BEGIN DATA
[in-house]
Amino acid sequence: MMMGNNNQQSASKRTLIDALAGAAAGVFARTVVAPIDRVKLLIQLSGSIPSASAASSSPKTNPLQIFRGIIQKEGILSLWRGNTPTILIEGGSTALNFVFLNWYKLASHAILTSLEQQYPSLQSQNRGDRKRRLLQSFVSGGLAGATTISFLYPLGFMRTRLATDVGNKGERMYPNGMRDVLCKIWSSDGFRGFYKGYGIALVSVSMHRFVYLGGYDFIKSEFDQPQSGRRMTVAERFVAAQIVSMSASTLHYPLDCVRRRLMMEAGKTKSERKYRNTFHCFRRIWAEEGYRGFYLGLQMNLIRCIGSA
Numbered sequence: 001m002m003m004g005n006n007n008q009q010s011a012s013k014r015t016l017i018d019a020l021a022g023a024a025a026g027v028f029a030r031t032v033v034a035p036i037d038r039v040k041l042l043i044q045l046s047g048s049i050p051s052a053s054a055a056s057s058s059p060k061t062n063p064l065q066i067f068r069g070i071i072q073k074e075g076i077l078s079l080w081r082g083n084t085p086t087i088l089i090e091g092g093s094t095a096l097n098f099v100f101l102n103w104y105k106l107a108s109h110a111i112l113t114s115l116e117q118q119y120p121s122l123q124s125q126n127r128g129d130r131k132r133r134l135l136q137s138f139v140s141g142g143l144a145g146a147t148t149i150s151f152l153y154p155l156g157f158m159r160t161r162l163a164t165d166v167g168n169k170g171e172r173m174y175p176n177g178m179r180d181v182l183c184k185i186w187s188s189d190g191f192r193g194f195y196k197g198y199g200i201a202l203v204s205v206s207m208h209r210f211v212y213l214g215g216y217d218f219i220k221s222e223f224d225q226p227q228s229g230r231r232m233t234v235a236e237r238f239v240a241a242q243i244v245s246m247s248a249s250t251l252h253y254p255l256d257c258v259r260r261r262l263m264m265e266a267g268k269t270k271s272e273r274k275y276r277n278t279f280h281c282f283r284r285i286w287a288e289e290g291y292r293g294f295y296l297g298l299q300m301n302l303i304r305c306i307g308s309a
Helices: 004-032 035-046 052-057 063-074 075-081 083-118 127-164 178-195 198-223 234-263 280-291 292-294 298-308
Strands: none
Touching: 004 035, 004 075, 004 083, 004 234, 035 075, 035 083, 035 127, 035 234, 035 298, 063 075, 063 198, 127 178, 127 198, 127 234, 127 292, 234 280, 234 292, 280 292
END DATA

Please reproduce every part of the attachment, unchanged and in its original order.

[in-house]
Amino acid sequence: MMMGNNNQQSASKRTLIDALAGAAAGVFARTVVAPIDRVKLLIQLSGSIPSASAASSSPKTNPLQIFRGIIQKEGILSLWRGNTPTILIEGGSTALNFVFLNWYKLASHAILTSLEQQYPSLQSQNRGDRKRRLLQSFVSGGLAGATTISFLYPLGFMRTRLATDVGNKGERMYPNGMRDVLCKIWSSDGFRGFYKGYGIALVSVSMHRFVYLGGYDFIKSEFDQPQSGRRMTVAERFVAAQIVSMSASTLHYPLDCVRRRLMMEAGKTKSERKYRNTFHCFRRIWAEEGYRGFYLGLQMNLIRCIGSA
Numbered sequence: 001m002m003m004g005n006n007n008q009q010s011a012s013k014r015t016l017i018d019a020l021a022g023a024a025a026g027v028f029a030r031t032v033v034a035p036i037d038r039v040k041l042l043i044q045l046s047g048s049i050p051s052a053s054a055a056s057s058s059p060k061t062n063p064l065q066i067f068r069g070i071i072q073k074e075g076i077l078s079l080w081r082g083n084t085p086t087i088l089i090e091g092g093s094t095a096l097n098f099v100f101l102n103w104y105k106l107a108s109h110a111i112l113t114s115l116e117q118q119y120p121s122l123q124s125q126n127r128g129d130r131k132r133r134l135l136q137s138f139v140s141g142g143l144a145g146a147t148t149i150s151f152l153y154p155l156g157f158m159r160t161r162l163a164t165d166v167g168n169k170g171e172r173m174y175p176n177g178m179r180d181v182l183c184k185i186w187s188s189d190g191f192r193g194f195y196k197g198y199g200i201a202l203v204s205v206s207m208h209r210f211v212y213l214g215g216y217d218f219i220k221s222e223f224d225q226p227q228s229g230r231r232m233t234v235a236e237r238f239v240a241a242q243i244v245s246m247s248a249s250t251l252h253y254p255l256d257c258v259r260r261r262l263m264m265e266a267g268k269t270k271s272e273r274k275y276r277n278t279f280h281c282f283r284r285i286w287a288e289e290g291y292r293g294f295y296l297g298l299q300m301n302l303i304r305c306i307g308s309a
Helices: 004-032 035-046 052-057 063-074 075-081 083-118 127-164 178-195 198-223 234-263 280-291 292-294 298-308
Strands: none
Touching: 004 035, 004 075, 004 083, 004 234, 035 075, 035 083, 035 127, 035 234, 035 298, 063 075, 063 198, 127 178, 127 198, 127 234, 127 292, 234 280, 234 292, 280 292